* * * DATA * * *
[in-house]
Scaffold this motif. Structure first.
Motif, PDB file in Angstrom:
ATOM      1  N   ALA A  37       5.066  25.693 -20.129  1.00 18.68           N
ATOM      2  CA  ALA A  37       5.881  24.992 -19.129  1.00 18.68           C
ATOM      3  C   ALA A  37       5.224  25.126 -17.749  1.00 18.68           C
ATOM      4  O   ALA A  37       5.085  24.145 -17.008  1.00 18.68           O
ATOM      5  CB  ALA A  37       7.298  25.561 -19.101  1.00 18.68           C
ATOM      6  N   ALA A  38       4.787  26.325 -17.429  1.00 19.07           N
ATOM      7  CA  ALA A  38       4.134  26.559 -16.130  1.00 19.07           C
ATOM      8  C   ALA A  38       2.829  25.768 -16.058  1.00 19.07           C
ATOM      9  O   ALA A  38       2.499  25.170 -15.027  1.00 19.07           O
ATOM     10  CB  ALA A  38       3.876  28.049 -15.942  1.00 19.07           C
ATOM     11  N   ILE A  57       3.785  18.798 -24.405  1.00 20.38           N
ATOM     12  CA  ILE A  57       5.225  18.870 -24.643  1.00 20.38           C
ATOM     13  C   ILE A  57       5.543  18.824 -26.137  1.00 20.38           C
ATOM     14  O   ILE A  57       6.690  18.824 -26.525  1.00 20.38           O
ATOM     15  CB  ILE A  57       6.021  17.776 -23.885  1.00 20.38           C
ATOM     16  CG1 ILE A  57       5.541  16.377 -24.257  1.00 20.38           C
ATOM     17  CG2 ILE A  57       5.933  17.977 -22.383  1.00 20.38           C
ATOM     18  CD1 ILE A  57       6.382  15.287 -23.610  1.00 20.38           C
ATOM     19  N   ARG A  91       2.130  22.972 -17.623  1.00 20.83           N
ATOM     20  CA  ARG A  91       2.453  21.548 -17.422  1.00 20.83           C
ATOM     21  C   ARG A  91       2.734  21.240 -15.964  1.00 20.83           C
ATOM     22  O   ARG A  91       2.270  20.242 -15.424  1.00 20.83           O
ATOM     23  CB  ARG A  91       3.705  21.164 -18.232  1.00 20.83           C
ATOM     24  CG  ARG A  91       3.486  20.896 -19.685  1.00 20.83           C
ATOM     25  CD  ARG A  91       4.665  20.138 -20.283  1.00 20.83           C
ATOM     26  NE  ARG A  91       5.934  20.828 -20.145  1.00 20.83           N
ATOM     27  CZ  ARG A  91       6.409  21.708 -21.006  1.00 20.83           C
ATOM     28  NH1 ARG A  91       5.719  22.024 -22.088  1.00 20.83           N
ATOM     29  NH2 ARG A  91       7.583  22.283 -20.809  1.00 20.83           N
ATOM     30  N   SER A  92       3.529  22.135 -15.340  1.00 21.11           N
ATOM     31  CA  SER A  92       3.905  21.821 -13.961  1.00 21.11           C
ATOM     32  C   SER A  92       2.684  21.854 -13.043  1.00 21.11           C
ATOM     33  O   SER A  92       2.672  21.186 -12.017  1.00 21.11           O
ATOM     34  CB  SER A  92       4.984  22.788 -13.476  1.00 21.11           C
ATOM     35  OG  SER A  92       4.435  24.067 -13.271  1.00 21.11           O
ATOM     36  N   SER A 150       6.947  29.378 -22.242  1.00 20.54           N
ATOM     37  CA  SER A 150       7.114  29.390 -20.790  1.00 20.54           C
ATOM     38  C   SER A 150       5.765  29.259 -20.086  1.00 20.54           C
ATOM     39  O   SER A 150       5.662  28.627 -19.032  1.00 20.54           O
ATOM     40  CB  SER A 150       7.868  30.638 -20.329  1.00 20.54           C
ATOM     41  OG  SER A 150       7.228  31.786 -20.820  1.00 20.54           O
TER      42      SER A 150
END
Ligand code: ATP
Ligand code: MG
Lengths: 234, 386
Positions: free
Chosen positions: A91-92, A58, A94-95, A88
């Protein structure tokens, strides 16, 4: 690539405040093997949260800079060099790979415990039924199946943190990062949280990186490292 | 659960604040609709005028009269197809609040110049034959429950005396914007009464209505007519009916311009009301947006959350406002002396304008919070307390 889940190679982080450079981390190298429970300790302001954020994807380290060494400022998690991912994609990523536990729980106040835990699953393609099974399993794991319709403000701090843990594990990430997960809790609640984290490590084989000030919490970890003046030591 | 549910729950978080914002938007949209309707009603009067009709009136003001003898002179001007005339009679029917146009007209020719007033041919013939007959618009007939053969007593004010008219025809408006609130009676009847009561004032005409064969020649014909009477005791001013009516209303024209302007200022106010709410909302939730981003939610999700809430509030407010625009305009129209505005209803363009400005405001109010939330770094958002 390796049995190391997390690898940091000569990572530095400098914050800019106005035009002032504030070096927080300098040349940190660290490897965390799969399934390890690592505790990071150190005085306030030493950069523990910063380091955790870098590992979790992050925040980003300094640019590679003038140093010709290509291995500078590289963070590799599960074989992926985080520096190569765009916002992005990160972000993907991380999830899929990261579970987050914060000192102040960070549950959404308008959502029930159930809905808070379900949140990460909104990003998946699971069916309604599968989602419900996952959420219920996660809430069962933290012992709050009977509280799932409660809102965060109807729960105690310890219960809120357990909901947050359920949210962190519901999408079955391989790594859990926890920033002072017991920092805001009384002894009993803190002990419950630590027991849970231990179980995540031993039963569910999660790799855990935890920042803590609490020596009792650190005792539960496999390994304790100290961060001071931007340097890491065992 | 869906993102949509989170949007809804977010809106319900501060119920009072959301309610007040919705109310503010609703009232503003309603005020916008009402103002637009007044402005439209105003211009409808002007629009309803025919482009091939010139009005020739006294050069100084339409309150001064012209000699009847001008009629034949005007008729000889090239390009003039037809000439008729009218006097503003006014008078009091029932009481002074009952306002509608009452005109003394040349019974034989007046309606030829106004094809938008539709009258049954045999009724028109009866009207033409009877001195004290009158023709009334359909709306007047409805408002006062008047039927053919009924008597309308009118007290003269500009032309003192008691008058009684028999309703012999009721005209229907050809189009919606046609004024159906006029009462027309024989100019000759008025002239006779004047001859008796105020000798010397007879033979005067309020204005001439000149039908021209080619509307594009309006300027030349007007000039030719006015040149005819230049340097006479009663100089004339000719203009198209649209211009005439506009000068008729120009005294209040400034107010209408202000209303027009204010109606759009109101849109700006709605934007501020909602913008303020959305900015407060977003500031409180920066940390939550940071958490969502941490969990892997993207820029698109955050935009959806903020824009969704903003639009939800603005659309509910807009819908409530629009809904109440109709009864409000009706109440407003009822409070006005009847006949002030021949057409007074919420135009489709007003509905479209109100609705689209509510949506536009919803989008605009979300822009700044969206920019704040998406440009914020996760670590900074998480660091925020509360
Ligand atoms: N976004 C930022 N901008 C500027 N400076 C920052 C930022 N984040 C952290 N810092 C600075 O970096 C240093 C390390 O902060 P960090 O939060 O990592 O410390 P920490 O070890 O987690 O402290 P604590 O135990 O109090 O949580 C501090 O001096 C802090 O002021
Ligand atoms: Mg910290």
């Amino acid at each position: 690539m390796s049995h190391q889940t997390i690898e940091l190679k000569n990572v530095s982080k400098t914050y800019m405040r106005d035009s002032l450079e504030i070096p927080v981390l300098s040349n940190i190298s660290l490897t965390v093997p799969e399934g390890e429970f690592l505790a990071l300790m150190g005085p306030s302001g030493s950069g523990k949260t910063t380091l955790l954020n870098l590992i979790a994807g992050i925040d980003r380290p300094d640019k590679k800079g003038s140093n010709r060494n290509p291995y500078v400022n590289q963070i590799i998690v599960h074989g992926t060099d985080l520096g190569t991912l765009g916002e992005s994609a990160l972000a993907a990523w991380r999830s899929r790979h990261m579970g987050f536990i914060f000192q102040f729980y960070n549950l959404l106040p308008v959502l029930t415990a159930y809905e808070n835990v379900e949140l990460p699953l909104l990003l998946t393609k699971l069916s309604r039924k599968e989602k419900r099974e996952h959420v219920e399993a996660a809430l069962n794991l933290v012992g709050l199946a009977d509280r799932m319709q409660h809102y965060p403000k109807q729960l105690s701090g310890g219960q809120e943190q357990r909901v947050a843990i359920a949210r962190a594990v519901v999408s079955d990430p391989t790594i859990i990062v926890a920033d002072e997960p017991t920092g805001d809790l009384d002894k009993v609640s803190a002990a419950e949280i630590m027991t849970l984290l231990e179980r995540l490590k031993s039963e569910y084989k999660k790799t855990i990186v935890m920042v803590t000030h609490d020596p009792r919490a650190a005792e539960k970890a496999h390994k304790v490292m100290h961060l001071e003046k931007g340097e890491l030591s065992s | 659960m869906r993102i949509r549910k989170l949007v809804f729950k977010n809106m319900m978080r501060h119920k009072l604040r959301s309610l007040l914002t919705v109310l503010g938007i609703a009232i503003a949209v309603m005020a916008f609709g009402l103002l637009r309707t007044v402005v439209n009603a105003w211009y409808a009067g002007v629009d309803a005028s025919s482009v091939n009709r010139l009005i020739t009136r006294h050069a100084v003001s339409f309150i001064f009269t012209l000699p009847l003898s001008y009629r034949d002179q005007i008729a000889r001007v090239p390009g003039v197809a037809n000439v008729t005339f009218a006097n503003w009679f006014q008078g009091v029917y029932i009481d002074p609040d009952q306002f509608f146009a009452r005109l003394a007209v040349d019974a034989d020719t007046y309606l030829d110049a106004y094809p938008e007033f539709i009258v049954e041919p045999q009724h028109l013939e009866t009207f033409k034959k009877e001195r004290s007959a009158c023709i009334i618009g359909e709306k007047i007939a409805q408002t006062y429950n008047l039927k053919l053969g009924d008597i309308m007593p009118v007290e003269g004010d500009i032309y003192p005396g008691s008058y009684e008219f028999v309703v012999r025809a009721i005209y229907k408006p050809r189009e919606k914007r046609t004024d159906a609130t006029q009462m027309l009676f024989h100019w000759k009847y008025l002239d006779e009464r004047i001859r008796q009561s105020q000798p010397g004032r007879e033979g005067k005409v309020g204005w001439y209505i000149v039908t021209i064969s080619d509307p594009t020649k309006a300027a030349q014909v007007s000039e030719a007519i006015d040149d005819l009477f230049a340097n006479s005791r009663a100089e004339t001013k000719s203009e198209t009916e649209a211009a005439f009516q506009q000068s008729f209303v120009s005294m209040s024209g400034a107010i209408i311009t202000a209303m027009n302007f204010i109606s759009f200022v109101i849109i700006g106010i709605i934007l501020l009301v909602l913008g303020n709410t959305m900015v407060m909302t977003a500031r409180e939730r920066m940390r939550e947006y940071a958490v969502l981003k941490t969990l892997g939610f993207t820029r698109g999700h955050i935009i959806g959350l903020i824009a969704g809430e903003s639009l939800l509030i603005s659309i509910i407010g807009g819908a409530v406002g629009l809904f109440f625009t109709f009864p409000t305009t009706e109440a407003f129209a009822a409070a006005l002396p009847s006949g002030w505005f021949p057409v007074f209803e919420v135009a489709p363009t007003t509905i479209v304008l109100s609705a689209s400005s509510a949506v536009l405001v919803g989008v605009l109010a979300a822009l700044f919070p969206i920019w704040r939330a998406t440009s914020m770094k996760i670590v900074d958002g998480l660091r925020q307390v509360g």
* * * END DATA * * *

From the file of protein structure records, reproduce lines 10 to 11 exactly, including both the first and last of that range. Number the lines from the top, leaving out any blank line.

ATOM      7  CA  ALA A  38       4.134  26.559 -16.130  1.00 19.07           C
ATOM      8  C   ALA A  38       2.829  25.768 -16.058  1.00 19.07           C